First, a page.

Unusual Climate Change in India ; Does That Ring any Bells ?
India, one of the world’s most disaster-prone countries, has suffered severe economic and human losses. Weather disasters affect more than 80% of the country’s land and more than 50 million people. Disaster mitigation necessitates accurate future forecasting, which entails specialized climate change research. The summer monsoon, India’s main lifeline expects to change dramatically due to climate change. The length of the rainy season will shorten, and pre-monsoon drying may occur. Future changes may influence the spread of vector-borne diseases like malaria, dengue fever, and others.
Another recent study by 29 international experts from various institutions discovered that India has the chance of disasters such as tropical cyclones (TCs), river floods, droughts, and heatwaves. We propose a three-stage cumulative method for improved and skilled prediction, with K standing for observational analysis, U for knowledge and understanding, and M for modelling and prediction.
Unpredictable weather presents challenges. Weather patterns will have serious consequences not only for the country’s economy, but also for farmers who rely on timely rains during the summer monsoon season to cultivate their main crop. Weather forecasting will become the more-difficult cause of this unpredictability.
According to meteorologists, Monsoon 2021 was a season of extremes, with long dry spells and excessive rainfall. The official data show that rains were plentiful this year in areas that typically receive deficit rainfall, such as western Madhya Pradesh, eastern Rajasthan, and Maharashtra’s Marathwada and Vidarbha regions. The country’s rainiest regions, such as Odisha, Kerala, and the northeast, on the other hand, struggled to meet their average rainfall quota.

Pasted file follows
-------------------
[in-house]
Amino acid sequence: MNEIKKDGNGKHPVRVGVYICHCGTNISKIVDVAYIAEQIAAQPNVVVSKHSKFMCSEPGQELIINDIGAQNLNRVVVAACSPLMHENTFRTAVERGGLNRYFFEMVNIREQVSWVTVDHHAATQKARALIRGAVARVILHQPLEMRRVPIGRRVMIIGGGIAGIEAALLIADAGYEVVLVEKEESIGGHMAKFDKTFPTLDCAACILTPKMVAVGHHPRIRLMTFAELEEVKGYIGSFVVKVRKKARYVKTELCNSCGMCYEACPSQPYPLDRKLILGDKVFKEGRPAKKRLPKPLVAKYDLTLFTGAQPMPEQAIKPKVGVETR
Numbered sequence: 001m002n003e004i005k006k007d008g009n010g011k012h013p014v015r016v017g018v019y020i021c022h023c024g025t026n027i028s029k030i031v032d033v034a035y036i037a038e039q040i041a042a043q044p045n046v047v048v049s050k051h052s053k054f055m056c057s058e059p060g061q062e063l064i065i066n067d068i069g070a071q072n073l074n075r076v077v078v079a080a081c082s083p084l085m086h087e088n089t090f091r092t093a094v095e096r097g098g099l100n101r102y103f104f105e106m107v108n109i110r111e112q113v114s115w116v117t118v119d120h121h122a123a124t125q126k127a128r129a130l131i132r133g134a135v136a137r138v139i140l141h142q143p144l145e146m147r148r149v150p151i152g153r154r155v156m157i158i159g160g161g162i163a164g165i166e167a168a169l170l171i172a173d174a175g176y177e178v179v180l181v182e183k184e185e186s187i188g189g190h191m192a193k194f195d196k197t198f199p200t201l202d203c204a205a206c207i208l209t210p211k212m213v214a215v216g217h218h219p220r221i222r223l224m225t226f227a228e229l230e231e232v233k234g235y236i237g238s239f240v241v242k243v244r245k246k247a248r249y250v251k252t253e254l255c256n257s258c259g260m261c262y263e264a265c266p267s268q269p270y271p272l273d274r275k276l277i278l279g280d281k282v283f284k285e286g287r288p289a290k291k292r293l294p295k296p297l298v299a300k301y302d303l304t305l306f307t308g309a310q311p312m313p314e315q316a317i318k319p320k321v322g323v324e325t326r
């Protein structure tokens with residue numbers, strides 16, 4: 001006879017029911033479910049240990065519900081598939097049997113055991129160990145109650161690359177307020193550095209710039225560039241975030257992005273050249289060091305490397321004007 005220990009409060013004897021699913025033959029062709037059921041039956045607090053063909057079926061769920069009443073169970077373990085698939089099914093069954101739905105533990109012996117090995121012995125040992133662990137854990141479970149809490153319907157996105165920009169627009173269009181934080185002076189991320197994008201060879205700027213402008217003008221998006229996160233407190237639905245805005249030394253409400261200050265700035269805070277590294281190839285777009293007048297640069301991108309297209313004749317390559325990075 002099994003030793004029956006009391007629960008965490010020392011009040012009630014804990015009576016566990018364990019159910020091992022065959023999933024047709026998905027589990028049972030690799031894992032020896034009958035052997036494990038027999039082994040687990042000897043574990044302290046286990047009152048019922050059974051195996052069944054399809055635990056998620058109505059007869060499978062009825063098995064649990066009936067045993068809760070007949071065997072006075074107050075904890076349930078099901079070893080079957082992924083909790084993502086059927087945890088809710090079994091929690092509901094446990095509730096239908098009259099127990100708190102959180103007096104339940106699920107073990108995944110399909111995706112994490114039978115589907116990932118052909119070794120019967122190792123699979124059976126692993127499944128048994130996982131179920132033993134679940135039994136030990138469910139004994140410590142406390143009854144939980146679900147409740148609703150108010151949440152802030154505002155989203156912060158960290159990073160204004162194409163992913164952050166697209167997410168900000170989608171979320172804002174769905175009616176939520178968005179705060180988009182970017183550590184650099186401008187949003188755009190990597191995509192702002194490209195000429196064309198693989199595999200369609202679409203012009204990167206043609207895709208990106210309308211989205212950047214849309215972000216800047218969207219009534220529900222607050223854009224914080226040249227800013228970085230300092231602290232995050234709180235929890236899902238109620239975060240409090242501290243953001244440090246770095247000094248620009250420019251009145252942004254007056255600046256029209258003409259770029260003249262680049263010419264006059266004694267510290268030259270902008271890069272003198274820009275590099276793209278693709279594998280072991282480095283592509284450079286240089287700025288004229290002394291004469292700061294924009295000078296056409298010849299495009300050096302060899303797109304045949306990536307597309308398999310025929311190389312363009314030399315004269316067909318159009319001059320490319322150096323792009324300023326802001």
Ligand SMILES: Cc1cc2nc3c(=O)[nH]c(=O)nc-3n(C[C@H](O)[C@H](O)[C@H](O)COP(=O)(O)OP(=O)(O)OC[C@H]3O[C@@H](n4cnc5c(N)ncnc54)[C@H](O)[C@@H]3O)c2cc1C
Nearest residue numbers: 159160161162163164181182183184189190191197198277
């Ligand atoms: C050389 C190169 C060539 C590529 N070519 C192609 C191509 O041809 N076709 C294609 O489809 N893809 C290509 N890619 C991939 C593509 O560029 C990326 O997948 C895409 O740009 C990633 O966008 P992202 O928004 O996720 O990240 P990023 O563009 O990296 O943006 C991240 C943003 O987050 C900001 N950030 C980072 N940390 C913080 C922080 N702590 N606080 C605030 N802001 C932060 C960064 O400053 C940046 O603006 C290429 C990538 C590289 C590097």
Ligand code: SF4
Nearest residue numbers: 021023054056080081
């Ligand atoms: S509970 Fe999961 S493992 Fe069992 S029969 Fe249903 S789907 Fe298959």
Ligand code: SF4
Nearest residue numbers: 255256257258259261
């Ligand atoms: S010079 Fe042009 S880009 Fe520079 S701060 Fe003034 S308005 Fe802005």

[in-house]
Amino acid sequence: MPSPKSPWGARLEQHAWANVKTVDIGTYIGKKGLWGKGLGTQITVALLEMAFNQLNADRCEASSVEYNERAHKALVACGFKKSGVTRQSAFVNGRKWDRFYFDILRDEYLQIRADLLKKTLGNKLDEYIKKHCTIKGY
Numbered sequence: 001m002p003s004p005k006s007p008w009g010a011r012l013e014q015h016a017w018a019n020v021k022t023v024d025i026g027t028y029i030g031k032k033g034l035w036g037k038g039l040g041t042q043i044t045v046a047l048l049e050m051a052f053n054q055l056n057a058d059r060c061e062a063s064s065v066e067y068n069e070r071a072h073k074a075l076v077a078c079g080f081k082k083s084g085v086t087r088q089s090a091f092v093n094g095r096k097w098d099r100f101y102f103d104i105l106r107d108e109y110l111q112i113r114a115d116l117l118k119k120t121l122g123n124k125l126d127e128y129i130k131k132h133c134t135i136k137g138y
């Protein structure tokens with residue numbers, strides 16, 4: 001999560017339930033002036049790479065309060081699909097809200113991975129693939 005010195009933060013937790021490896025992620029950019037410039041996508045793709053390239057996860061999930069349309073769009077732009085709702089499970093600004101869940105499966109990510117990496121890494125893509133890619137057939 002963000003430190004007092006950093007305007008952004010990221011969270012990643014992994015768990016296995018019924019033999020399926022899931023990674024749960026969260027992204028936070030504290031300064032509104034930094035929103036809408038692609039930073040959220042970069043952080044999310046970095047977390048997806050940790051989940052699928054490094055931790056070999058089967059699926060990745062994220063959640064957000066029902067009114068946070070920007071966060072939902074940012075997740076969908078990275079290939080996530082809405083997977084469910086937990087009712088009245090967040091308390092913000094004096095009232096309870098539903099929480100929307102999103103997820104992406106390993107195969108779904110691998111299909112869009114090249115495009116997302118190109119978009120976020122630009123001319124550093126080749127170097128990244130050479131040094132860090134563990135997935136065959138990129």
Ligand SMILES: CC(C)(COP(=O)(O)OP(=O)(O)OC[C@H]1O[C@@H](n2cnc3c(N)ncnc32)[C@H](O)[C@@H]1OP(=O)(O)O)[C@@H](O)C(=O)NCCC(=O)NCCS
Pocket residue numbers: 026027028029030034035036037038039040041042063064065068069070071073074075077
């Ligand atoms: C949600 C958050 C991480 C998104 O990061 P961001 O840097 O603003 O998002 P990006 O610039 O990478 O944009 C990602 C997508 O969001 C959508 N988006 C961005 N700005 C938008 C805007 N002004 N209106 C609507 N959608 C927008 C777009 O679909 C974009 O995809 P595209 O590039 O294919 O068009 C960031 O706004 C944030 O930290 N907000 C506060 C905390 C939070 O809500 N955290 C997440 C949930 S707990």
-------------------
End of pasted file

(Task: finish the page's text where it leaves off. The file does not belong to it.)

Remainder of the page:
The IPCC report also concludes that, despite the lowest emissions scenarios, global mean sea levels will continue to rise in the twenty-first century due to ocean warming and ice sheet and glacier melting. This will pose a significant threat to those living in areas vulnerable to the effects of sea-level rise in India, which has a coastline of over 7,500 kilometres. For example, if sea levels rise by 50 centimetres, 28.6 million people in six Indian port cities – Chennai, Kochi, Kolkata, Mumbai, Surat, and Visakhapatnam – will be exposed to coastal flooding, and the assets at risk will be worth $4 trillion.
Following the publication of the report, there will be a call for countries all over the world, including India, to set more ambitious climate change goals. India has yet to announce its goal of achieving net-zero emissions. India’s current emissions, both cumulative and per capita, are significantly lower than its fair share of the global carbon budget, according to the ministry. Among the measures taken by the government to combat climate change, it highlighted the installation of 450 gigawatts of renewable energy by 2030.